Despite their potential to be sustainable, inclusive, resilient and prosperous, African cities lack of a smart city foundation. A smart city foundation is composed of three elements: Urban planning and design, land policies and basic infrastructure. African cities are not adequately planned with sufficient land allocated to streets and public spaces, and they lack smart basic infrastructure and smart institutions and laws. Many settlements in the city lack a sewerage system and rainwater drainage facilities, and adequate waste management sites are missing, which are key components of smart basic infrastructure along with connection to water and energy. Flooding during rainy seasons as well as uncollected garbage is frequent phenomena in many parts of African cities, but particularly in the poor settlements. Frequent energy shortages also affect the African cities’ economy. These challenges are associated with poor land administration and governance, characterized by lack of transparency and corruption.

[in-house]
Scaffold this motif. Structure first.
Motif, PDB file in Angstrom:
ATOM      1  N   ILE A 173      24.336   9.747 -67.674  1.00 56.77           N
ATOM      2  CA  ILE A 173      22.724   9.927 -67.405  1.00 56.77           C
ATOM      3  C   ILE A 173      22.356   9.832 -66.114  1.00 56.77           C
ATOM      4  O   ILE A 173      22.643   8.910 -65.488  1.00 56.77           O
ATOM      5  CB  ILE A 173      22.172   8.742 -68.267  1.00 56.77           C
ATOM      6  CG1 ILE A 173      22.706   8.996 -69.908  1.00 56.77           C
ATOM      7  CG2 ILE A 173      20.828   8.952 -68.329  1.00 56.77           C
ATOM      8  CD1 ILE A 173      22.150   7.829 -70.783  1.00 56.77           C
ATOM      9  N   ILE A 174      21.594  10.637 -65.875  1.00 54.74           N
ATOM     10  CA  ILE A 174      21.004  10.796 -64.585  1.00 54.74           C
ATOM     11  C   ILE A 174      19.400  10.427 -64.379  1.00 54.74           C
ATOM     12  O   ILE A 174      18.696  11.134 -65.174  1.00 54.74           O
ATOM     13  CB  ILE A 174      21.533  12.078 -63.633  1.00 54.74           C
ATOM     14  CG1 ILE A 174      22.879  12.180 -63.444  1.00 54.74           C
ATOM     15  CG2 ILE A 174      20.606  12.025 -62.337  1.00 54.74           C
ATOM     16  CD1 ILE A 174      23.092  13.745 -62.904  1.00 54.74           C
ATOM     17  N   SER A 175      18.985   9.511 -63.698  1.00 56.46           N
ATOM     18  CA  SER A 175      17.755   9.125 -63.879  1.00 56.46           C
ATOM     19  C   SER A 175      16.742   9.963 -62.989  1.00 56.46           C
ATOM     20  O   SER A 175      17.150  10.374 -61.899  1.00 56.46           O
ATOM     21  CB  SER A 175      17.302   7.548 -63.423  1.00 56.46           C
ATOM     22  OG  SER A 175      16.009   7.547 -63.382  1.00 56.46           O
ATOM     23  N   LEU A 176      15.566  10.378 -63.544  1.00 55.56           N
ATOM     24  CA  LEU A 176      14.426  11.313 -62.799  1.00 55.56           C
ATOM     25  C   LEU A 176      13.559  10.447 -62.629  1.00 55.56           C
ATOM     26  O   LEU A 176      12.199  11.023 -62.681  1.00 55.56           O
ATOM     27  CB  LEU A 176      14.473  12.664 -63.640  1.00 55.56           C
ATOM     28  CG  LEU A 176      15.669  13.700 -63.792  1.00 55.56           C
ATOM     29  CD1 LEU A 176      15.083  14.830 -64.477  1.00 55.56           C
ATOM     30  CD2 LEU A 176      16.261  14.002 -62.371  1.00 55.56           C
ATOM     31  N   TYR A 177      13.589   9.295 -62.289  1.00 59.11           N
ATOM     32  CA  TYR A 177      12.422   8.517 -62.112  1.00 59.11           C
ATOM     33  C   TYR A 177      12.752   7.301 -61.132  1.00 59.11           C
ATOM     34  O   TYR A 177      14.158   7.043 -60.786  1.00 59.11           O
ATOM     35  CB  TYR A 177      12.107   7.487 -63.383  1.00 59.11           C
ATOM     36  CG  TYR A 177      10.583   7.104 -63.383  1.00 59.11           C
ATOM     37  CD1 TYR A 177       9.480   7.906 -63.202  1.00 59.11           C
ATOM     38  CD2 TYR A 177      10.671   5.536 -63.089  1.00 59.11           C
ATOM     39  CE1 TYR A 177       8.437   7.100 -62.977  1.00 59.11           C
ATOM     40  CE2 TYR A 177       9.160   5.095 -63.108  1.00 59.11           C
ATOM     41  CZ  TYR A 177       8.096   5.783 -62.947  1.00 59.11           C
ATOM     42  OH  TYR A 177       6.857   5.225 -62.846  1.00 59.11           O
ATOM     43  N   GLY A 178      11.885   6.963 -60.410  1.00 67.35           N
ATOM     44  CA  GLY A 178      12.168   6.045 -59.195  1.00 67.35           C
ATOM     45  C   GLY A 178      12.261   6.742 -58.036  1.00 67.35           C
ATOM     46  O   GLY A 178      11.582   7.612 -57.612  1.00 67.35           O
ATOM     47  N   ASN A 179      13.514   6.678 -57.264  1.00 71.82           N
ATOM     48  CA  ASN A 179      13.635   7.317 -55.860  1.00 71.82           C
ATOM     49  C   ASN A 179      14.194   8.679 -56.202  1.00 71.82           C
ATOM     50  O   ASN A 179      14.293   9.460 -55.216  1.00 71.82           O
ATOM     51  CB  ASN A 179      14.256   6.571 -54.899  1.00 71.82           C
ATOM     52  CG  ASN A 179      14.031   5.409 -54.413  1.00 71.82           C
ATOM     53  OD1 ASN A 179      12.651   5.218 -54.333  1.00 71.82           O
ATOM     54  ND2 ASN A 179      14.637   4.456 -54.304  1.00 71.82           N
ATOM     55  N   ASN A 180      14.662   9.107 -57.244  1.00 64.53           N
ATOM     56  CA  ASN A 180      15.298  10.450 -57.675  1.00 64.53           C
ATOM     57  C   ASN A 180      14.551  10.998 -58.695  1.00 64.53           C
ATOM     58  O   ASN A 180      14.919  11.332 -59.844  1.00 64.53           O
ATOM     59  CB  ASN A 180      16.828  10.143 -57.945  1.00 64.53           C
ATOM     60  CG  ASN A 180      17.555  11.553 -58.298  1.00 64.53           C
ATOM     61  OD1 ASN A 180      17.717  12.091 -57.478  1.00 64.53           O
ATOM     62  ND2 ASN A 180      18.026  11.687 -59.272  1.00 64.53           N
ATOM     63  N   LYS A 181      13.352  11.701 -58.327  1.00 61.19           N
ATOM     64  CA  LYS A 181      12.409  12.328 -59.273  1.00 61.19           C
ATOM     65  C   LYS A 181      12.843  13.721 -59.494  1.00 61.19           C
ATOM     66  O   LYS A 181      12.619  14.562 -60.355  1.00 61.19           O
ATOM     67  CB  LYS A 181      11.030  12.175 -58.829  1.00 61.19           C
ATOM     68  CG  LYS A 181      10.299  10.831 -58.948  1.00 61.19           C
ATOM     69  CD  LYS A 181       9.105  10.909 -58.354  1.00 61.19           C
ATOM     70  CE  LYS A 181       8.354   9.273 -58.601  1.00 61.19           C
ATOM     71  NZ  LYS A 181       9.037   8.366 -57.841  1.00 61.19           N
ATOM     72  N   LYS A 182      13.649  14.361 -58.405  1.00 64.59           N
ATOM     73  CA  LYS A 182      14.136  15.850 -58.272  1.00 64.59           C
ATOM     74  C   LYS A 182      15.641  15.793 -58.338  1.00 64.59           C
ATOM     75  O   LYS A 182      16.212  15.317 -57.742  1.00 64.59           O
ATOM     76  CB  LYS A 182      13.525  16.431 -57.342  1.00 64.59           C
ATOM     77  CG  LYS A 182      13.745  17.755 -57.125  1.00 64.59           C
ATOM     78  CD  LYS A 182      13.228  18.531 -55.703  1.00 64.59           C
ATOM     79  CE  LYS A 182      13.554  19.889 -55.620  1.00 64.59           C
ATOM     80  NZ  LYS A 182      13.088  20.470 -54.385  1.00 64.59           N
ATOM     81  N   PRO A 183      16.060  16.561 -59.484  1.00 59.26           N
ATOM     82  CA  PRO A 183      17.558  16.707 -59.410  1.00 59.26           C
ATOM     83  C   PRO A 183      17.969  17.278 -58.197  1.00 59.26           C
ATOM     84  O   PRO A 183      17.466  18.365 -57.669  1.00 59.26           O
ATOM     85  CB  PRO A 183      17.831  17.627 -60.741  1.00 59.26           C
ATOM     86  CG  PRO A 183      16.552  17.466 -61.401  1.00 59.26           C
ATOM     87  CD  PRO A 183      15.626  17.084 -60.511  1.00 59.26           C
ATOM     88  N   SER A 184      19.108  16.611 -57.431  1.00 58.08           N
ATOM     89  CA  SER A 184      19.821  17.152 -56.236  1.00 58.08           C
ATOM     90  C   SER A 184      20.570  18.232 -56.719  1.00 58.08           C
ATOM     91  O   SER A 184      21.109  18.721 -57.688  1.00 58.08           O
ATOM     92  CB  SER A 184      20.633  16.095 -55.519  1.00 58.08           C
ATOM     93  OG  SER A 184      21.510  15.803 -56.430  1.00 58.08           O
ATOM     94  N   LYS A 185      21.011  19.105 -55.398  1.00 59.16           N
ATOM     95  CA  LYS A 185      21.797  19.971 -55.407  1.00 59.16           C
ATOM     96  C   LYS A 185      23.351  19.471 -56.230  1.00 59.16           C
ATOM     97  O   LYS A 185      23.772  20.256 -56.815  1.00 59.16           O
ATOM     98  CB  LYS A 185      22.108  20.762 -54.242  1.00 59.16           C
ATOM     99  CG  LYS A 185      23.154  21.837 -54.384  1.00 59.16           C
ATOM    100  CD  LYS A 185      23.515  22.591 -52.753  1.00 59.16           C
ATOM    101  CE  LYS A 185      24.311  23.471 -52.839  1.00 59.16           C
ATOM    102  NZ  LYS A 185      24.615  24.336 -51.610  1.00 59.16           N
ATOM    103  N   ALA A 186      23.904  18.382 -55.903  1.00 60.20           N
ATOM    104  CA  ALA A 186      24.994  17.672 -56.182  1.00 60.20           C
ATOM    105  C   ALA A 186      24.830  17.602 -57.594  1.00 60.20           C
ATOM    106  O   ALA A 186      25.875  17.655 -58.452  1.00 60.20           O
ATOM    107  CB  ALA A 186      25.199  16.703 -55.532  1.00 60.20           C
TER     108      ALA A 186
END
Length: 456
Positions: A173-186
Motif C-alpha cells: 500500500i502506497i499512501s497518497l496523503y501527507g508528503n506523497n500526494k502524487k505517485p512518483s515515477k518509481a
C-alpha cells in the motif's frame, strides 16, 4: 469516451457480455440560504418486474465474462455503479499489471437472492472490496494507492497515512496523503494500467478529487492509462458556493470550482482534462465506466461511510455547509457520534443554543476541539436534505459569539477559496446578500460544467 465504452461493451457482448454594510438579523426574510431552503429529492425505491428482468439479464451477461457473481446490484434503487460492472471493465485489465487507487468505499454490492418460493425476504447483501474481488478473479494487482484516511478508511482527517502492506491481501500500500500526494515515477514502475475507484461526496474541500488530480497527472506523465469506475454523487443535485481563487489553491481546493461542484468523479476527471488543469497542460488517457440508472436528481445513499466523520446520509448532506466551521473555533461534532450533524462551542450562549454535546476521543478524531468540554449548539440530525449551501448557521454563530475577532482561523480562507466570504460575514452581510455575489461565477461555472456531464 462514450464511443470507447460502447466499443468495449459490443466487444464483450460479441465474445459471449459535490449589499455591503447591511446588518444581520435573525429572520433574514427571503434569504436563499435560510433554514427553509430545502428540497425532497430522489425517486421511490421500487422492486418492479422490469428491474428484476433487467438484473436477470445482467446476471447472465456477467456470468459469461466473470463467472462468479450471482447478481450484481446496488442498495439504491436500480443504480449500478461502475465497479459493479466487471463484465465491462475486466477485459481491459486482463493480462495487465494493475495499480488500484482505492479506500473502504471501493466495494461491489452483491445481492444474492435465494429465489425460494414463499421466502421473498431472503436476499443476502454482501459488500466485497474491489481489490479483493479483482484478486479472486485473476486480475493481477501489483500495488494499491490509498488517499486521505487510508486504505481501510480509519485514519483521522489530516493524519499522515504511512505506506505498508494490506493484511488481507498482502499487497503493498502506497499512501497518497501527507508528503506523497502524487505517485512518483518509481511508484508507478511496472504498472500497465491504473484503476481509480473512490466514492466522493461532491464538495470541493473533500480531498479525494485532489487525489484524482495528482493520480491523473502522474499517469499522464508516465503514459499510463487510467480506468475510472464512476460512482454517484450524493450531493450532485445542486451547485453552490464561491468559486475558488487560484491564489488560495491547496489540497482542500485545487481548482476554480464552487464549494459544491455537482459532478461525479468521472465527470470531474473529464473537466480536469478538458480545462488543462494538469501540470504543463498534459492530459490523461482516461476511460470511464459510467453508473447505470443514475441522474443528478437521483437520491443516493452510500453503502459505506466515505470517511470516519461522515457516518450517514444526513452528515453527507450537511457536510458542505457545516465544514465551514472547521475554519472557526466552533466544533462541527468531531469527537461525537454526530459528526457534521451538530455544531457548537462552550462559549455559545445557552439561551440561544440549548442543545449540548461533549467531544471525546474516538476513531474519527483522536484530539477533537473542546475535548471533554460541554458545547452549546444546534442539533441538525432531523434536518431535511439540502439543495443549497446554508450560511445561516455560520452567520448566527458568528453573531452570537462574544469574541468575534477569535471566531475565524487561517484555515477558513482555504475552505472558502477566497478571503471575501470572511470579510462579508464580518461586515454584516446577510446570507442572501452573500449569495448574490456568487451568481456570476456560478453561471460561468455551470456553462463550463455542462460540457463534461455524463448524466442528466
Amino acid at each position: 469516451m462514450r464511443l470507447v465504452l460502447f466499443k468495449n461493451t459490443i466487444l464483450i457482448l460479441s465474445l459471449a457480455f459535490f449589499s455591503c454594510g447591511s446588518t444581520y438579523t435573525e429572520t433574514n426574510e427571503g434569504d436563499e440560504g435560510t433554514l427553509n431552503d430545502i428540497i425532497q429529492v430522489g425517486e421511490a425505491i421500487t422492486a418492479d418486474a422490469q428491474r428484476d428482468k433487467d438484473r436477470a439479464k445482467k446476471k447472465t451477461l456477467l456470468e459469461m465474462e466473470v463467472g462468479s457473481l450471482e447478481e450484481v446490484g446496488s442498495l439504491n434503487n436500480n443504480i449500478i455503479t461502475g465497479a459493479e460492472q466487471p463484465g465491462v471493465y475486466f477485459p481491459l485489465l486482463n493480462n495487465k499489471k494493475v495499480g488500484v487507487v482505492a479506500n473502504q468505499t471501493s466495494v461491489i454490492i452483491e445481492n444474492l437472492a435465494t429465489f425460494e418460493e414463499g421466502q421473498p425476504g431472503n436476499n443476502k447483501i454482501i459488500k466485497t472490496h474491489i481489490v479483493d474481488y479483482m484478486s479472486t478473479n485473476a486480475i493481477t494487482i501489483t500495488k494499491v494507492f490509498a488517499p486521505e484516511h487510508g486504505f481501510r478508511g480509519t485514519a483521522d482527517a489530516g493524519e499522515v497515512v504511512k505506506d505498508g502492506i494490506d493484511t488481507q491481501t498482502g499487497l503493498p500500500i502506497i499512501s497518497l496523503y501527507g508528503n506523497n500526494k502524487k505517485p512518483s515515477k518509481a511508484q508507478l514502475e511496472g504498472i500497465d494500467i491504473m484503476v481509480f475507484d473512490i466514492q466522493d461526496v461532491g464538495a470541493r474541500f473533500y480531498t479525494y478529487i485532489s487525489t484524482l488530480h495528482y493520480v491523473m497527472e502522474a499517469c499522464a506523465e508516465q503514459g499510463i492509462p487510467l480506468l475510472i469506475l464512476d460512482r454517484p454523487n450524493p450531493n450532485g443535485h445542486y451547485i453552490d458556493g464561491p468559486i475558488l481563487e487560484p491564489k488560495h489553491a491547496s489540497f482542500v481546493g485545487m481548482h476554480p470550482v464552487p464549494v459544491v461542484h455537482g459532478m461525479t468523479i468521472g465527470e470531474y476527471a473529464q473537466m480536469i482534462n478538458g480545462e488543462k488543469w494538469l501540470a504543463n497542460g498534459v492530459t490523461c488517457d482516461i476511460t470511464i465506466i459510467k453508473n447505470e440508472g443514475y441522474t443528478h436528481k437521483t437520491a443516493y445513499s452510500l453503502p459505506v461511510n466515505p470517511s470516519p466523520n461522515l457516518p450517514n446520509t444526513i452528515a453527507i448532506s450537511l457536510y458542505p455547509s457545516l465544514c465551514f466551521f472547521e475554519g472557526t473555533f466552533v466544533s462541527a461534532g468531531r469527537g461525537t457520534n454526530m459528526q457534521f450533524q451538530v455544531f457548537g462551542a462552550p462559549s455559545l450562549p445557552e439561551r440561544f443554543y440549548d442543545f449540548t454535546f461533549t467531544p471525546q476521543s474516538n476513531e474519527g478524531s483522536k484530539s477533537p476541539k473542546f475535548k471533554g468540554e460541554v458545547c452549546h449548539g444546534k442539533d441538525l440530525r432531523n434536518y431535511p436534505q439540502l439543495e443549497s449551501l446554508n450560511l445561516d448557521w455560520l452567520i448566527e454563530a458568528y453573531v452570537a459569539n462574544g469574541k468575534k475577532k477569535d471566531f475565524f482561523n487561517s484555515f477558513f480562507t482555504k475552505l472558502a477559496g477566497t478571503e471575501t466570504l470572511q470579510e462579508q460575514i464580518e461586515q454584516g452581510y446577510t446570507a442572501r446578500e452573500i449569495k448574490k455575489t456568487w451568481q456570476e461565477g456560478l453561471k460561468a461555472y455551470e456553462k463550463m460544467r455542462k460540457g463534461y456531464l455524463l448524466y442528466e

Lack of smart city foundation is part of the reason why digital dividends are not being reaped in most African cities. ICTs alone cannot build smart cities, but in appropriate settings they can boost growth, expand opportunities and improve service delivery. The analogue settings such as urban planning, provision of basic infrastructures and land tenure are key for smart cities. For ICT to be transformational there is a minimum requirement associated to the city foundation as well as to institutions and laws that establish the management and the administration of cities. For a city foundation to be smart, it must be inclusive at the onset of the urban planning and promote mixed neighbourhoods where social clustering is discouraged. Having all the poor living together creates slums and fuels instability and insecurity. Inclusive urban planning eases access to basic services (water, sanitation, housing, education and health) and to decent employment for all. A key element of smart urban planning is a smart street network that reduces travel time and encourages walking and social interactions. Smart urban planning enhances infrastructure development, environmental sustainability, economic and social development; makes cities resilient and prepared to overcome natural disasters; and promotes mixed neighbourhoods where services are walking distances from people’s residences.48  ICT plays a crucial role in promoting a smart city foundation, by enabling inclusiveness in planning, policy and infrastructure provision processes such as through public participation; as well as creating enormous non-physically limiting opportunities to all city residents.

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